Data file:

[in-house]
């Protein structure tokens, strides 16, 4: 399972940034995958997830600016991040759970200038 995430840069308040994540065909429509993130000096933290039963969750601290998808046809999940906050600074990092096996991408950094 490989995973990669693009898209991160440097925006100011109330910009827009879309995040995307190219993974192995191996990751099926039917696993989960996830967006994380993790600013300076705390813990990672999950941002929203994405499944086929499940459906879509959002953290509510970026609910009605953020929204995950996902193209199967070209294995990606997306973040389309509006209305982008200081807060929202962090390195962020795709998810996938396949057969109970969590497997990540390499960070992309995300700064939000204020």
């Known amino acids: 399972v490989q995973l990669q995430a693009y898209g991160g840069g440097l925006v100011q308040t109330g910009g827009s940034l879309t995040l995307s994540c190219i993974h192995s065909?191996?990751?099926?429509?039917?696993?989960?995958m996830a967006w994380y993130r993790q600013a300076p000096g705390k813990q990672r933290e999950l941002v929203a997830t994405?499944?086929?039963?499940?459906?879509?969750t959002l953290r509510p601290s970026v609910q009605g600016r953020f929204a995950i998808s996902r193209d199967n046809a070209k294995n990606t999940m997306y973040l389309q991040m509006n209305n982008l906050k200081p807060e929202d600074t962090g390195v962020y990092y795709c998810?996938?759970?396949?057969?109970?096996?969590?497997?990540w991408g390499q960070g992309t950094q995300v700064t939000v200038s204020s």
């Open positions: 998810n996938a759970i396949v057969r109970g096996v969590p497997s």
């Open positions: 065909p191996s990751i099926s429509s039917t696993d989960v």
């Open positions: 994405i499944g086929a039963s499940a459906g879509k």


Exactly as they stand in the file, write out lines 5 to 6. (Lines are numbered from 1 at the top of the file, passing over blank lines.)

């Open positions: 065909p191996s990751i099926s429509s039917t696993d989960v």
């Open positions: 994405i499944g086929a039963s499940a459906g879509k």